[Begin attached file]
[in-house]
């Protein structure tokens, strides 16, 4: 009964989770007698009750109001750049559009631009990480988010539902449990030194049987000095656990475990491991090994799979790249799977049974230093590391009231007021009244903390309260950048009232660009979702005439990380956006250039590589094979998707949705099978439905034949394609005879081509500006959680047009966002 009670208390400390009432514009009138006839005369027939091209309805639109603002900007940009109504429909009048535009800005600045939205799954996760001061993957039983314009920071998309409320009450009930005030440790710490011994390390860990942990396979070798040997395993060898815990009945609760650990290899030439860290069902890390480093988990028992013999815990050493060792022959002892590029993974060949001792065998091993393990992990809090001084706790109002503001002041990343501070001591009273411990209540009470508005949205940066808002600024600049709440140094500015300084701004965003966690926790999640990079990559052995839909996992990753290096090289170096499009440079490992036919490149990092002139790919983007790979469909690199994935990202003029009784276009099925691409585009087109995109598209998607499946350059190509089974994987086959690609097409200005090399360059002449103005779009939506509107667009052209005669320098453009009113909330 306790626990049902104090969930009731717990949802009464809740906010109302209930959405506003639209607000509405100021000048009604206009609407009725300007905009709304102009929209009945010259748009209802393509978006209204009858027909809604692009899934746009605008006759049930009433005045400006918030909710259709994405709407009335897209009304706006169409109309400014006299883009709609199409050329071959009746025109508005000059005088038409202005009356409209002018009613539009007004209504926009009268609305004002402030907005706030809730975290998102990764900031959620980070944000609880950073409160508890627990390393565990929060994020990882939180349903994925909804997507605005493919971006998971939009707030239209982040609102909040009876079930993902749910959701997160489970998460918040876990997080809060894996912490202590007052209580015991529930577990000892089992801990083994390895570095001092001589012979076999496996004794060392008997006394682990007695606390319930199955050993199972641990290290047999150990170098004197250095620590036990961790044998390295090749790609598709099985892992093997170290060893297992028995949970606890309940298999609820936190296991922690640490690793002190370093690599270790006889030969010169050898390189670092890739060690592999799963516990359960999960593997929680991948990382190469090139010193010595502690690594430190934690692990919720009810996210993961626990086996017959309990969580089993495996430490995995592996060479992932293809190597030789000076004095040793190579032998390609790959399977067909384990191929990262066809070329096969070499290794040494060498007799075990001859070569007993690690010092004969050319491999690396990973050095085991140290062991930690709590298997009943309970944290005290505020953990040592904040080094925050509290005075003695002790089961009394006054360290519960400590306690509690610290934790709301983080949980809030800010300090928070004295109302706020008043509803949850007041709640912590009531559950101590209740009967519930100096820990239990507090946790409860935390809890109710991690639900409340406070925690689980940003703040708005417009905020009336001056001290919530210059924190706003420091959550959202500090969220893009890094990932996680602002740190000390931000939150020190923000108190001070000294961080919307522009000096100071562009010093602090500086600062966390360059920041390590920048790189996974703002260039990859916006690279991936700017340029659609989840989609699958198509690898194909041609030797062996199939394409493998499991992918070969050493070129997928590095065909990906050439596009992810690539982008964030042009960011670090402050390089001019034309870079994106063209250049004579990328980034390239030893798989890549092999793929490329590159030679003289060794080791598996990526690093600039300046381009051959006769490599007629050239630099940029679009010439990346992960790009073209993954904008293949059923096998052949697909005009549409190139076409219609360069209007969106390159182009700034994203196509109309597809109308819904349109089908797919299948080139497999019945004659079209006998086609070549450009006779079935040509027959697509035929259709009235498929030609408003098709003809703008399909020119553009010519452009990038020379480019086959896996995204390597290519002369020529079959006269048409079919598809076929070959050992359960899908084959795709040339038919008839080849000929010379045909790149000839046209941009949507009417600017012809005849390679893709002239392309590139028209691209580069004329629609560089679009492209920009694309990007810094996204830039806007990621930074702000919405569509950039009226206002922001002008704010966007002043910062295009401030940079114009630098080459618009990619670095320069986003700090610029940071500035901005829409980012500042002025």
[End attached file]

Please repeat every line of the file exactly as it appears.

[in-house]
């Protein structure tokens, strides 16, 4: 009964989770007698009750109001750049559009631009990480988010539902449990030194049987000095656990475990491991090994799979790249799977049974230093590391009231007021009244903390309260950048009232660009979702005439990380956006250039590589094979998707949705099978439905034949394609005879081509500006959680047009966002 009670208390400390009432514009009138006839005369027939091209309805639109603002900007940009109504429909009048535009800005600045939205799954996760001061993957039983314009920071998309409320009450009930005030440790710490011994390390860990942990396979070798040997395993060898815990009945609760650990290899030439860290069902890390480093988990028992013999815990050493060792022959002892590029993974060949001792065998091993393990992990809090001084706790109002503001002041990343501070001591009273411990209540009470508005949205940066808002600024600049709440140094500015300084701004965003966690926790999640990079990559052995839909996992990753290096090289170096499009440079490992036919490149990092002139790919983007790979469909690199994935990202003029009784276009099925691409585009087109995109598209998607499946350059190509089974994987086959690609097409200005090399360059002449103005779009939506509107667009052209005669320098453009009113909330 306790626990049902104090969930009731717990949802009464809740906010109302209930959405506003639209607000509405100021000048009604206009609407009725300007905009709304102009929209009945010259748009209802393509978006209204009858027909809604692009899934746009605008006759049930009433005045400006918030909710259709994405709407009335897209009304706006169409109309400014006299883009709609199409050329071959009746025109508005000059005088038409202005009356409209002018009613539009007004209504926009009268609305004002402030907005706030809730975290998102990764900031959620980070944000609880950073409160508890627990390393565990929060994020990882939180349903994925909804997507605005493919971006998971939009707030239209982040609102909040009876079930993902749910959701997160489970998460918040876990997080809060894996912490202590007052209580015991529930577990000892089992801990083994390895570095001092001589012979076999496996004794060392008997006394682990007695606390319930199955050993199972641990290290047999150990170098004197250095620590036990961790044998390295090749790609598709099985892992093997170290060893297992028995949970606890309940298999609820936190296991922690640490690793002190370093690599270790006889030969010169050898390189670092890739060690592999799963516990359960999960593997929680991948990382190469090139010193010595502690690594430190934690692990919720009810996210993961626990086996017959309990969580089993495996430490995995592996060479992932293809190597030789000076004095040793190579032998390609790959399977067909384990191929990262066809070329096969070499290794040494060498007799075990001859070569007993690690010092004969050319491999690396990973050095085991140290062991930690709590298997009943309970944290005290505020953990040592904040080094925050509290005075003695002790089961009394006054360290519960400590306690509690610290934790709301983080949980809030800010300090928070004295109302706020008043509803949850007041709640912590009531559950101590209740009967519930100096820990239990507090946790409860935390809890109710991690639900409340406070925690689980940003703040708005417009905020009336001056001290919530210059924190706003420091959550959202500090969220893009890094990932996680602002740190000390931000939150020190923000108190001070000294961080919307522009000096100071562009010093602090500086600062966390360059920041390590920048790189996974703002260039990859916006690279991936700017340029659609989840989609699958198509690898194909041609030797062996199939394409493998499991992918070969050493070129997928590095065909990906050439596009992810690539982008964030042009960011670090402050390089001019034309870079994106063209250049004579990328980034390239030893798989890549092999793929490329590159030679003289060794080791598996990526690093600039300046381009051959006769490599007629050239630099940029679009010439990346992960790009073209993954904008293949059923096998052949697909005009549409190139076409219609360069209007969106390159182009700034994203196509109309597809109308819904349109089908797919299948080139497999019945004659079209006998086609070549450009006779079935040509027959697509035929259709009235498929030609408003098709003809703008399909020119553009010519452009990038020379480019086959896996995204390597290519002369020529079959006269048409079919598809076929070959050992359960899908084959795709040339038919008839080849000929010379045909790149000839046209941009949507009417600017012809005849390679893709002239392309590139028209691209580069004329629609560089679009492209920009694309990007810094996204830039806007990621930074702000919405569509950039009226206002922001002008704010966007002043910062295009401030940079114009630098080459618009990619670095320069986003700090610029940071500035901005829409980012500042002025």